Thinking About Talking Balance

Nothing engages the community more than discussion involving balance. While everyone is engaged in talking about balance one way or another, it seems to me few give much thought about the act of talking balance. This article is not about the state of balance per se, but rather I want to discuss about how we think when we talk balance.


In this article, I explore the hidden sides of balance discussion, highlighting how our intrinsic biases can blind us in our debates.

Readers messaged me and asked if I am writing an article about the current state of balance. Short answer is no. However, I want to write about how we approach the topic of balance itself. I had written an article a few years ago about what good balance arguments are not. In it, I specify some common arguments people use when they discuss balance, and explain why they are not good arguments. I strongly recommend you to read that before you continue reading this article.

The thing that stood out from that article is that I did not exactly mention what is a good balance argument. That was intentional, as I wanted to tiptoe around the idea that there is a specific “framework” for a good balance argument. This is like doing science, whereby there is no pre-determined framework to make an argument about something, and you simply have to put forward the best argument based on evidence. This leads me asking myself (and others), what is the best evidence you can realistically provide in a balance argument? Give yourself a minute to answer this question as honestly as possible before you continue.

Questioning ourselves

Now, think about this question, what evidence regarding balance would convince you?

Are the answers to the two questions different? It is likely that you gave an honest answer to the first one, then you are not exactly convinced when you apply your own answer to the second question. This exercise is to demonstrate two psychological biases we have.

First, despite our experience as both the convincer and the convincee, we struggle to transfer our knowledge and apply it to another. This is related to the concept of perspective taking, which is the act of perceiving a situation or understanding a concept from an alternative point of view, such as that of another individual [academic references at the end – 1, 2]. This bias is demonstrated in many common social activities [3, 4]. For example, in the context of gratitude giving, expressers underestimate how surprised recipients would be about why expressers were grateful, overestimate how awkward recipients would feel, and underestimate how positive recipients would feel [4]. We all have expressed and received gratitude in our lives, yet we still find it extremely difficult to shift away from the perspective we are in. This egocentric bias underlies many heated balance debate we see on Starcraft forums. More importantly, this exercise implies that you can never make a good enough argument, and the best realistically possible evidence is not good enough to doubters. Why doubters refute the best evidence possible? This is related to the second bias.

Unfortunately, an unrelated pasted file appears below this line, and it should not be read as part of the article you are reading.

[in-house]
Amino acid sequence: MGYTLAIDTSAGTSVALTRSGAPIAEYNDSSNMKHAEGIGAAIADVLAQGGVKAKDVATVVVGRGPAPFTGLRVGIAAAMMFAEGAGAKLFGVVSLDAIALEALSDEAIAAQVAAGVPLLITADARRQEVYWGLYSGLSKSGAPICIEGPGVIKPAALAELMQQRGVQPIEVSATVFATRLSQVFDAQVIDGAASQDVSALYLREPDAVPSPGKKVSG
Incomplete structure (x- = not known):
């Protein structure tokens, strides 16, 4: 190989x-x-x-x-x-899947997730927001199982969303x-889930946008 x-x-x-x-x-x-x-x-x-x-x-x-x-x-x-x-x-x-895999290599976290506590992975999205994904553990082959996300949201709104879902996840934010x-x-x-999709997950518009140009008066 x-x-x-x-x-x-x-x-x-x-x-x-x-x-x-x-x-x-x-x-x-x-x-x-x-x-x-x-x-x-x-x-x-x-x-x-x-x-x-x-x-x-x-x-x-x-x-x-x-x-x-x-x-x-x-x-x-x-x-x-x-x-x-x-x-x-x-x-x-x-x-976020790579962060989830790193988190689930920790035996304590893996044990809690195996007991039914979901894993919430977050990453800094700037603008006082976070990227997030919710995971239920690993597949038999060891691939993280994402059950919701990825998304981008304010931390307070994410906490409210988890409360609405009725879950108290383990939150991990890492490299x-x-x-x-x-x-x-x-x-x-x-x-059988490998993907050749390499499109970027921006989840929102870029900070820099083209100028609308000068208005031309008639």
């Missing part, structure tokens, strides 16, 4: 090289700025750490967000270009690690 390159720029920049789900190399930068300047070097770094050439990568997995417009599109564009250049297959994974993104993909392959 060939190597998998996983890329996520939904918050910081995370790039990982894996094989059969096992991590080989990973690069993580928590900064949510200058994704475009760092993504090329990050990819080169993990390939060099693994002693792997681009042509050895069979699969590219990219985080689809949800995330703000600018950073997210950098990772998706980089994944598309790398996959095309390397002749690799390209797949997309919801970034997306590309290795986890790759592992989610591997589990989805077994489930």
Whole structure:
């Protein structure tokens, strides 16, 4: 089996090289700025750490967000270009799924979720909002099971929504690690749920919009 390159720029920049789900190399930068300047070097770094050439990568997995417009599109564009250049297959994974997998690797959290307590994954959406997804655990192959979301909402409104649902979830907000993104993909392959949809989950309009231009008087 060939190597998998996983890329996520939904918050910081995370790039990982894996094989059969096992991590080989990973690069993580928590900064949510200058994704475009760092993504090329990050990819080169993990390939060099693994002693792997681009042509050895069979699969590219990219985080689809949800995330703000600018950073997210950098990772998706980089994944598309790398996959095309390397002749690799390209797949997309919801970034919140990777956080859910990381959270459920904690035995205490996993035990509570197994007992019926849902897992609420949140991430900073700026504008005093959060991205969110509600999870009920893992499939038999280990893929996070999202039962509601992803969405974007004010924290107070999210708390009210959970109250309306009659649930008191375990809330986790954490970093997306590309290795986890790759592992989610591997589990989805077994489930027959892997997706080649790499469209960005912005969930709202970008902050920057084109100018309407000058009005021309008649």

Second, people evaluate information with tainted lens. My last article about the TvP metagame is a good example. I merely wrote about the metagame trends and make sense of the games I watched, and I didn’t go down the path of discussing about balance. But still I received messages/mails letting me know how “bad” I am. One side basically goes along the line of screaming “you Terran whiner”, and the other side is calling me out for not recognising Terran is in a shit spot in the match up. If you want to accuse me of making a statement about balance in that article, I was being ambiguous about it at worst. I would pay to have these two groups of zealots in a room to debate about what I wrote. This is a classic example of motivated reasoning, which refers to the phenomenon that people use reasoning strategies that allow them to draw the conclusions they want to draw [5]. Such bias has real life consequences, as we often see supporters of two different sides accuse the judges, journalists, and academics being biased against their ideals. Motivated reasoning leads us to be more critical about information that serves as evidence against our predisposition [6]. Thus, we often brush away the best reasonably possible evidence that we ourselves would have made.

The purpose of this simple exercise is to highlight our motivated cognitive biases and lay down the ground work for other assertions I make later. But importantly, I want readers to recognise our human biases, so that you can read on with an open mind.

Defining balance

When I first conduct an exploratory research for this article by asking some friends individually about what they think is the best evidence for a balance argument, they almost unanimously asked how is balance defined. It quickly becomes clear to me that no one could precisely define it. The answers I got range from there is no such thing as balance to both sides having a close to equal chance of winning all else equal.

Based on the countless balance discussion I see online, the general perception of balance can be vaguely described as both sides having a fair shot at winning after taking certain contexts into account. A fair shot refers to one’s perception that both sides are given an equally powerful tools in the match up, and this implies a statistical inference of having a close to 50% win rate if it is indeed fair. The “certain contexts” refer to factors that are considered noise to the data for the interpretation of meaningful win rate comparison. For example, Serral’s game against me would not be considered a data point when we want to provide evidence for a balance question. While this general description seems fair and reasonable, there are some underlying assumptions that blind us from looking at balance more clearly.